Financial Services (Banking Reform) Bill — Report (1st Day)

Part of the debate – in the House of Lords at 6:07 pm on 26th November 2013.

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Photo of Lord Brennan Lord Brennan Labour 6:07 pm, 26th November 2013

My Lords, I declare an interest, as I have done before, as chairman of Global Financial Integrity. In Committee, the Minister, the noble Lord, Lord Newby, said:

“The scale of money-laundering is very large, and the Government and the regulators are determined to cut it down”.—[Hansard, 15/10/13; col. 406.]

The phrase “cut it down” was prudently chosen. Money-laundering, in its widest sense, never goes away. By “its widest sense”, I mean any attempt to create an illicit flow of money for illegal objectives: money-laundering, drugs, terrorism, bribery—whatever it might be. I will use the term in that sense throughout what I am about to say.

The purpose of this group of amendments in my name and that of my noble friend Lord Watson is to identify as clearly as possible a legislative framework within which our banks can be regulated and monitored so as to achieve one of the Financial Conduct Authority’s objectives: to preserve the integrity of the British banking system. I will deal with them briefly. Amendment 26 deals with a scope of responsibility of senior management so as to specify, in a very broad phrase,

“a relevant financial scheme giving rise to criminal liability”.

That is carefully chosen as an omnibus phrase to cover all the kinds of money-laundering activities that I have just described and relates such irresponsibility directly to senior management.

Amendment 28 deals with two issues: redundancy and specificity. “Redundancy” is in inverted commas because it was suggested in Committee that these changes were entirely unnecessary. Plainly, the Financial Conduct Authority and everybody else have a duty to obey the law—of course they do. However, equally, legislation has a component in it that should be designed to relate the existing law to the specific responsibilities to be carried out. No harm is done by such identification, and clarity is achieved. Nobody can say that they did not know. On specificity, subsection (4)(a) of proposed new Section 59ZA in Amendment 28 deals with a general provision for dealing with these schemes that might produce criminal liability. Paragraph (b) sets out the main statutes under which such activities can arise. Paragraph (b)(viii) makes clear that the FCA and the PRA themselves can refer to other relevant statutes, regulations or the like as they think appropriate and are specified in their rules.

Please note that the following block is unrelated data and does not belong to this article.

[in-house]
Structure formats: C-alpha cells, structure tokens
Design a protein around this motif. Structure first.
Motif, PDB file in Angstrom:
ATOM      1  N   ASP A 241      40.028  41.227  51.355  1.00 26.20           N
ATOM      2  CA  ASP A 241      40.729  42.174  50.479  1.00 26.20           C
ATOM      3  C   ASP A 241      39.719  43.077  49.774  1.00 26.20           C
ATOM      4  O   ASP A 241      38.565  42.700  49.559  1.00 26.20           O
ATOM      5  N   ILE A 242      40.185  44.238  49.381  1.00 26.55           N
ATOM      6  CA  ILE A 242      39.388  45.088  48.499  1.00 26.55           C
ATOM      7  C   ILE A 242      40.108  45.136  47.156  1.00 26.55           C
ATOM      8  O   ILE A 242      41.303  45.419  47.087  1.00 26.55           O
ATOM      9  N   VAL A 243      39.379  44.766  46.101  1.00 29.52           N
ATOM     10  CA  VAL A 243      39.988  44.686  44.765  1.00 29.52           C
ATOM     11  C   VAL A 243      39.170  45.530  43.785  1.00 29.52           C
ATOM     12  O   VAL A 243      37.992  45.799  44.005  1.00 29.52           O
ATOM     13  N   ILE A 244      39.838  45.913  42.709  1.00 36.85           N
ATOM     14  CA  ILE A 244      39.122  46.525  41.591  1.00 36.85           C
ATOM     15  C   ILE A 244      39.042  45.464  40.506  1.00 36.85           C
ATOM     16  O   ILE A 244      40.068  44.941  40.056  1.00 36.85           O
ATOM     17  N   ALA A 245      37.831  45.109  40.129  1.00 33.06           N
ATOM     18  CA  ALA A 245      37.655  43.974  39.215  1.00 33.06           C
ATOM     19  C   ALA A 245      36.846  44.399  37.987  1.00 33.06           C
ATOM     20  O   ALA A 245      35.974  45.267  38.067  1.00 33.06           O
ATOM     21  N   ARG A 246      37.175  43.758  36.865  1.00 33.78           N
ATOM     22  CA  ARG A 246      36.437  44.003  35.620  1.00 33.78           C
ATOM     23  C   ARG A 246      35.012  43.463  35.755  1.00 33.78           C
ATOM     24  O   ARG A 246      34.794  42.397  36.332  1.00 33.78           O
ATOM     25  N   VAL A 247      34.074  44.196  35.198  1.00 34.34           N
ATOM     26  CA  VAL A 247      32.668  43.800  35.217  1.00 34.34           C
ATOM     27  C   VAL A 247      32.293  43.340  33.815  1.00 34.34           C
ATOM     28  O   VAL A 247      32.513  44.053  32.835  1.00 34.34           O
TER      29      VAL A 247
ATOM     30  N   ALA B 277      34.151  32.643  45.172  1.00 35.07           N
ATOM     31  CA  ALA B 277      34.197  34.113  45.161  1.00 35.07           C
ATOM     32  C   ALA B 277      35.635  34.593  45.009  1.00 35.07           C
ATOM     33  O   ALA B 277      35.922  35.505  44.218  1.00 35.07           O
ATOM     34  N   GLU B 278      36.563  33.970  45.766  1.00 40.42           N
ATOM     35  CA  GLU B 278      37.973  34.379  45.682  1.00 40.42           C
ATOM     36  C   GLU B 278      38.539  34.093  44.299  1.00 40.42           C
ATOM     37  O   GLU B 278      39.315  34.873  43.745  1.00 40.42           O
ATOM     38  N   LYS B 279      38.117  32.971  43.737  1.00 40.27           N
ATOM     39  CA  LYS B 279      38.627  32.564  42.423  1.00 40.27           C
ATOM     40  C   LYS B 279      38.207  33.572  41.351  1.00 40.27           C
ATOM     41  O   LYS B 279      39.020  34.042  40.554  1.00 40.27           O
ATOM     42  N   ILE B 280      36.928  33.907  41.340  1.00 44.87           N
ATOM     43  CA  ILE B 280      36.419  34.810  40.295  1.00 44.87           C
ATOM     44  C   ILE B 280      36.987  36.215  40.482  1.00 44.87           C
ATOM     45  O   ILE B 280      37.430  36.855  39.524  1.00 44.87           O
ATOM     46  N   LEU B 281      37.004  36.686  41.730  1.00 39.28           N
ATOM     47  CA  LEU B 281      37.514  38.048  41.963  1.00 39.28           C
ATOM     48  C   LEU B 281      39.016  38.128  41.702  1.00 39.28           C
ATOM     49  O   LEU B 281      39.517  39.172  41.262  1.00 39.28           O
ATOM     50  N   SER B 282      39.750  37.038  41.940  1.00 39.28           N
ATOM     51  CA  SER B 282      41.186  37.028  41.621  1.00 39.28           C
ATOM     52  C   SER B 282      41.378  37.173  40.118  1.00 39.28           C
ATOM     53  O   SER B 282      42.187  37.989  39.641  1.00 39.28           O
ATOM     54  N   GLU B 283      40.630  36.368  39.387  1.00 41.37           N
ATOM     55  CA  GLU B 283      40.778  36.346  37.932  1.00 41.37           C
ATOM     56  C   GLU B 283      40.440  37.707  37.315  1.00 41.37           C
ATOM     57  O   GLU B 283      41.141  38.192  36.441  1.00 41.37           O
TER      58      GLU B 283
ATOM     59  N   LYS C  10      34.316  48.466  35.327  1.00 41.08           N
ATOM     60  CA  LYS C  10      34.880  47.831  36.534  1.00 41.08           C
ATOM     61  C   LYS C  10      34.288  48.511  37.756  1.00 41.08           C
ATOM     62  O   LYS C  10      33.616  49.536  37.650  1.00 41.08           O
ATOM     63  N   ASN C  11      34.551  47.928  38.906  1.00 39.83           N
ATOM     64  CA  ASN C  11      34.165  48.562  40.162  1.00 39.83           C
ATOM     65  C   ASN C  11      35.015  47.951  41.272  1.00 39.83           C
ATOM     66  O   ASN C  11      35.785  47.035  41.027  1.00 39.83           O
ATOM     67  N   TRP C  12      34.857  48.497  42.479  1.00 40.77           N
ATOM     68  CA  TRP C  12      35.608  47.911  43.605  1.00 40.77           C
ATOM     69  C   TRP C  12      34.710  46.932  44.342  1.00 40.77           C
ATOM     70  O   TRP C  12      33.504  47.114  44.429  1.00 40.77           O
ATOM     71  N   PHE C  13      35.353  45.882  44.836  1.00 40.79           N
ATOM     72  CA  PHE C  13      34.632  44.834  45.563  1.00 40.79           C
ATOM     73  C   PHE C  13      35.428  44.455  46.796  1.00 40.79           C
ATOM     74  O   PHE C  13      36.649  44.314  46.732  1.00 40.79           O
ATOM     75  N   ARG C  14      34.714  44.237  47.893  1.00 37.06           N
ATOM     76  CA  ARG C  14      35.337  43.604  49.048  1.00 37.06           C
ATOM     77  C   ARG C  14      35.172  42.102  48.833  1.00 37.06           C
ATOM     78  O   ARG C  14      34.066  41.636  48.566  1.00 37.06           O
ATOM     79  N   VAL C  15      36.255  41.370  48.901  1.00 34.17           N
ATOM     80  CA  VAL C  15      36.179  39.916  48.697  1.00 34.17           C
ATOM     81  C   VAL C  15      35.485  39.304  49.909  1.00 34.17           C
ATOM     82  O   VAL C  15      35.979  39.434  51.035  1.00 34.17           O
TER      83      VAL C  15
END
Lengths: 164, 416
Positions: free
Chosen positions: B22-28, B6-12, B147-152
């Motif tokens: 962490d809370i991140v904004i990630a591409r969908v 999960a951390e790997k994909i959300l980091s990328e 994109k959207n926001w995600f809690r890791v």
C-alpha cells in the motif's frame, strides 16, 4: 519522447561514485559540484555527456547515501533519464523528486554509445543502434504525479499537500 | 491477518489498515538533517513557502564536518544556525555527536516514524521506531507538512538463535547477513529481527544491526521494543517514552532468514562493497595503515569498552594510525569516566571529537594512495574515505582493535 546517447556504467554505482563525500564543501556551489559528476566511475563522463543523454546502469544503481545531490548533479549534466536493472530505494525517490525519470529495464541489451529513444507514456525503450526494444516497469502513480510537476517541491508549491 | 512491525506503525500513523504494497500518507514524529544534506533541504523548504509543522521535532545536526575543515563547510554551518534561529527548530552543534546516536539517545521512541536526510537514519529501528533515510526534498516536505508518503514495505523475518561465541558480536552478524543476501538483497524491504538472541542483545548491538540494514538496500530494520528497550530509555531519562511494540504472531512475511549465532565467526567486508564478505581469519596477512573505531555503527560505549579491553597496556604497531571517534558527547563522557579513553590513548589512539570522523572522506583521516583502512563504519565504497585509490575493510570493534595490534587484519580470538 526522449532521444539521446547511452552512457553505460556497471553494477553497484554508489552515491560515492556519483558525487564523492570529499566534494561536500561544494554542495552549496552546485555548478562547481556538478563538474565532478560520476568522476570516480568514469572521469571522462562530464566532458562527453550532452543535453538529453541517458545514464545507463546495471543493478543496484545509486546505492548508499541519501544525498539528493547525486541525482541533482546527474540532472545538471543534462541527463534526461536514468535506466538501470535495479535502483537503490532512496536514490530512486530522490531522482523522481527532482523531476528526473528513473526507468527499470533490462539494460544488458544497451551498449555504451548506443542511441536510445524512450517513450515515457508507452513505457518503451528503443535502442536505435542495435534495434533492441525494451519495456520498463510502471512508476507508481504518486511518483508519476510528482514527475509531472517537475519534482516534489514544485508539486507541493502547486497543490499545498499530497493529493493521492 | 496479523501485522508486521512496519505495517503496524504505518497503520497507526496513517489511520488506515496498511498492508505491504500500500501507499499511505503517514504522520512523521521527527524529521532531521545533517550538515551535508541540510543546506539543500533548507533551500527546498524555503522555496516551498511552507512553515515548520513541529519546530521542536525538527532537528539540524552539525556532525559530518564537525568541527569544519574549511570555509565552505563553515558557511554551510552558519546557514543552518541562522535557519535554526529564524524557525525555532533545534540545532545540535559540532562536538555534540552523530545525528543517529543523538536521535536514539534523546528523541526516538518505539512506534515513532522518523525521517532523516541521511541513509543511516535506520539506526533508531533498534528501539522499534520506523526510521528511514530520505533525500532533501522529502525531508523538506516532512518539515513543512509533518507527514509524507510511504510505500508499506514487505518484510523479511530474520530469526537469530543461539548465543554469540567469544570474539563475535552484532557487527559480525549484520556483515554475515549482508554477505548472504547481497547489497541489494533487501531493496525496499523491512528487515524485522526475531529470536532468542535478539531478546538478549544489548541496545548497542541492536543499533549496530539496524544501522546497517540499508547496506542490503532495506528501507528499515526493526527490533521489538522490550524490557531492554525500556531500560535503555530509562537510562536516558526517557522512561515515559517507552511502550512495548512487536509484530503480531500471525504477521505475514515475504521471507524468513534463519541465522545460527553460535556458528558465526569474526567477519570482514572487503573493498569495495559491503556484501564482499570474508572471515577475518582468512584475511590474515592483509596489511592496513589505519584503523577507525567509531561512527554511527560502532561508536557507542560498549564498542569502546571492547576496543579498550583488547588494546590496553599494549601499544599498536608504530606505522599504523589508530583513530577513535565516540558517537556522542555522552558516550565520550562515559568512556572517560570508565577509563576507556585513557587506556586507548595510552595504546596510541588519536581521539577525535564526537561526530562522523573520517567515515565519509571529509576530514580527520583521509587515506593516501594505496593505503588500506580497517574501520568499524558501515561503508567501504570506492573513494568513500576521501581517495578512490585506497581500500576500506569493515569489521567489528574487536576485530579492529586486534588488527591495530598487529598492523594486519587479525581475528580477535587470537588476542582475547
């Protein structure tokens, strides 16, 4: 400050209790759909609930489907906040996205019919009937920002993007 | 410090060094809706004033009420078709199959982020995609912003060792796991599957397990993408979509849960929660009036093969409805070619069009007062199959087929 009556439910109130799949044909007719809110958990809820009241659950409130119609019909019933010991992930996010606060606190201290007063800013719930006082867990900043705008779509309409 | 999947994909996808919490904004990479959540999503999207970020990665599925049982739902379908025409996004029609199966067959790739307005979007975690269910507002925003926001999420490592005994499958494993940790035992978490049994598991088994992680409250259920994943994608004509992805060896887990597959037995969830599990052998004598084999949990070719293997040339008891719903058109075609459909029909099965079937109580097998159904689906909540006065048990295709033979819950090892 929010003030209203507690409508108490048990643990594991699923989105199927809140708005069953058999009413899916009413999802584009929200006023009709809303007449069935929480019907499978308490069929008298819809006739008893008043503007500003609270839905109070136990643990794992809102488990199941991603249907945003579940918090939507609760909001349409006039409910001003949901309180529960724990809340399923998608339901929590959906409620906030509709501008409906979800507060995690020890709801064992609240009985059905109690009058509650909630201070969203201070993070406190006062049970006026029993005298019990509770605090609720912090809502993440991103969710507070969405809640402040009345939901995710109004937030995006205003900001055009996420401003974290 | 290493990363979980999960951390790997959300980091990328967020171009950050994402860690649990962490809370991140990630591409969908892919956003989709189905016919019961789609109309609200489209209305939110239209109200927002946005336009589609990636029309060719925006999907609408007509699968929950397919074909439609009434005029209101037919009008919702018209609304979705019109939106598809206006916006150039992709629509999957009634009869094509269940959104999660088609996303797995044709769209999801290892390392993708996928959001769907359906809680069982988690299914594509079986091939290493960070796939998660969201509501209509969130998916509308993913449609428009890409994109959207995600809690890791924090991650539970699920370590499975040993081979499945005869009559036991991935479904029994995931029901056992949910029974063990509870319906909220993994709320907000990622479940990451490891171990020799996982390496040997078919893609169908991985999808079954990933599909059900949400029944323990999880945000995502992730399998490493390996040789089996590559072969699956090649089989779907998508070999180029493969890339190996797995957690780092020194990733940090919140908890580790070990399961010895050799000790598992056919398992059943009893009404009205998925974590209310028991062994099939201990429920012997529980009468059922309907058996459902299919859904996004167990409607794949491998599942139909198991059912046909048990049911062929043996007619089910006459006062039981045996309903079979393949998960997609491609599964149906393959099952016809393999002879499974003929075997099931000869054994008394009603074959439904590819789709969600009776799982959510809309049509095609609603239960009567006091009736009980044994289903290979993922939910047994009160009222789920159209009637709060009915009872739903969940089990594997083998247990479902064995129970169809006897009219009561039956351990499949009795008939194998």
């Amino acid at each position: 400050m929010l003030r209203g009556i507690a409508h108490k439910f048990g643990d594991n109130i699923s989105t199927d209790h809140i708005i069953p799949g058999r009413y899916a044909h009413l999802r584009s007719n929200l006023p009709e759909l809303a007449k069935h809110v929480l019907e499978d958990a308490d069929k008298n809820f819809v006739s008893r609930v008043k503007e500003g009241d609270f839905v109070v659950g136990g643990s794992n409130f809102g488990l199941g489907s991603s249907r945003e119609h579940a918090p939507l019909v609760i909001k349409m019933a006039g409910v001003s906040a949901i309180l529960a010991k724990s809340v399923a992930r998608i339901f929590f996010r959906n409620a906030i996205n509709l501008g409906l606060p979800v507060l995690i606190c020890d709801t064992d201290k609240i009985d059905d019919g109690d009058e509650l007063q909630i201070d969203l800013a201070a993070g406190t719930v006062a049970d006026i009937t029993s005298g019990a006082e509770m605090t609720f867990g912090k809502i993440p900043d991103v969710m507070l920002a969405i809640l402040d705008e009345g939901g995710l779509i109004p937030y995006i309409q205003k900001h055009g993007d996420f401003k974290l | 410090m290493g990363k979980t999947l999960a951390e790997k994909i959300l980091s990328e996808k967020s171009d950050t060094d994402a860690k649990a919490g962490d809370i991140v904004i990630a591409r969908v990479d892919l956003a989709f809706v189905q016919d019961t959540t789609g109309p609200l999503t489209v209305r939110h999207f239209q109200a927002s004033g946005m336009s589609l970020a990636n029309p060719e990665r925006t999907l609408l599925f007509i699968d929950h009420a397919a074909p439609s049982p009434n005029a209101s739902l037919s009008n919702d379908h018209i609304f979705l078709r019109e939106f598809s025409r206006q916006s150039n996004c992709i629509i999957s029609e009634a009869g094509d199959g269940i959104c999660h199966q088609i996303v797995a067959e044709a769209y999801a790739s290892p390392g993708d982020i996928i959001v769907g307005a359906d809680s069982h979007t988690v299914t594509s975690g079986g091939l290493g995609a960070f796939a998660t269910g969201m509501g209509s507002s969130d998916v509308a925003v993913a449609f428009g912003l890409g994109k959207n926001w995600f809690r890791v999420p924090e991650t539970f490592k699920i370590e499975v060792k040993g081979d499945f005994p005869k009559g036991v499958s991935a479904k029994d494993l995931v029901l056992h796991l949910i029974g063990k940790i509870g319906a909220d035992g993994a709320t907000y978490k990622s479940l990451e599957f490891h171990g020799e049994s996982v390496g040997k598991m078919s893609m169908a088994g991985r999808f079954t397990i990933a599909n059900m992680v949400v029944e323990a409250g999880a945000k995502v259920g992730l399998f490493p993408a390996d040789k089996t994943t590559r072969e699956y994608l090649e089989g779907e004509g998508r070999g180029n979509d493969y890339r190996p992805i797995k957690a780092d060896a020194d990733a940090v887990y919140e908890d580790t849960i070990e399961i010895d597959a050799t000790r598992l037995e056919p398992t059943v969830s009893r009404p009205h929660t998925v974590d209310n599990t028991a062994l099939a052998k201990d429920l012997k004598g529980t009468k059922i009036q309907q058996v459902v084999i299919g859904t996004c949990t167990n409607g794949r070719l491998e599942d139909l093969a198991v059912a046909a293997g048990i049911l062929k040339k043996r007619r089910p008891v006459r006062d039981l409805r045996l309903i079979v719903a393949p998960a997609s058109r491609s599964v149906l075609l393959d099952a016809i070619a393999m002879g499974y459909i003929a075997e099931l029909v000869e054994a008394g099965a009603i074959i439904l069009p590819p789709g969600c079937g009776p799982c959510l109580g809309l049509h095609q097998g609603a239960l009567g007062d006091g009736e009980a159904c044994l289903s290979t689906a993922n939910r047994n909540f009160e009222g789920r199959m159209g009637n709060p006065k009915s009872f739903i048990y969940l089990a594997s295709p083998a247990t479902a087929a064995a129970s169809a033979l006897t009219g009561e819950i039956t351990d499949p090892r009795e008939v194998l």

Amendment 30 is an attempt, in substance, to achieve the objective of making all persons responsible who engage in money-laundering activities, so that there are no loopholes between different levels of staff and management. Amendments 45 and 47 would provide that the FCA and PRA should, in the banking standards rules, make rules about money-laundering similar to the effect of what these amendments seek to achieve.

I suspect that the velocity with which this legislation is being managed by government managers is certainly not matched by the capacity of the Treasury officials and Ministers to keep up on the days on which they have to explain what is going on. That certainly makes it extremely difficult for us, when dealing with matters of such grave importance, to be able to ensure that debate is comprehensive. Therefore, the noble Lord, Lord Newby, having stated in Committee a month ago that he would write to me to explain why my amendments were unnecessary, in a way did so at 9 pm last night, when an e-mail arrived from a Treasury official which enclosed a note from the Financial Conduct Authority. I hope that he has had time, as I have this morning, to read it, if it represents government policy on the question.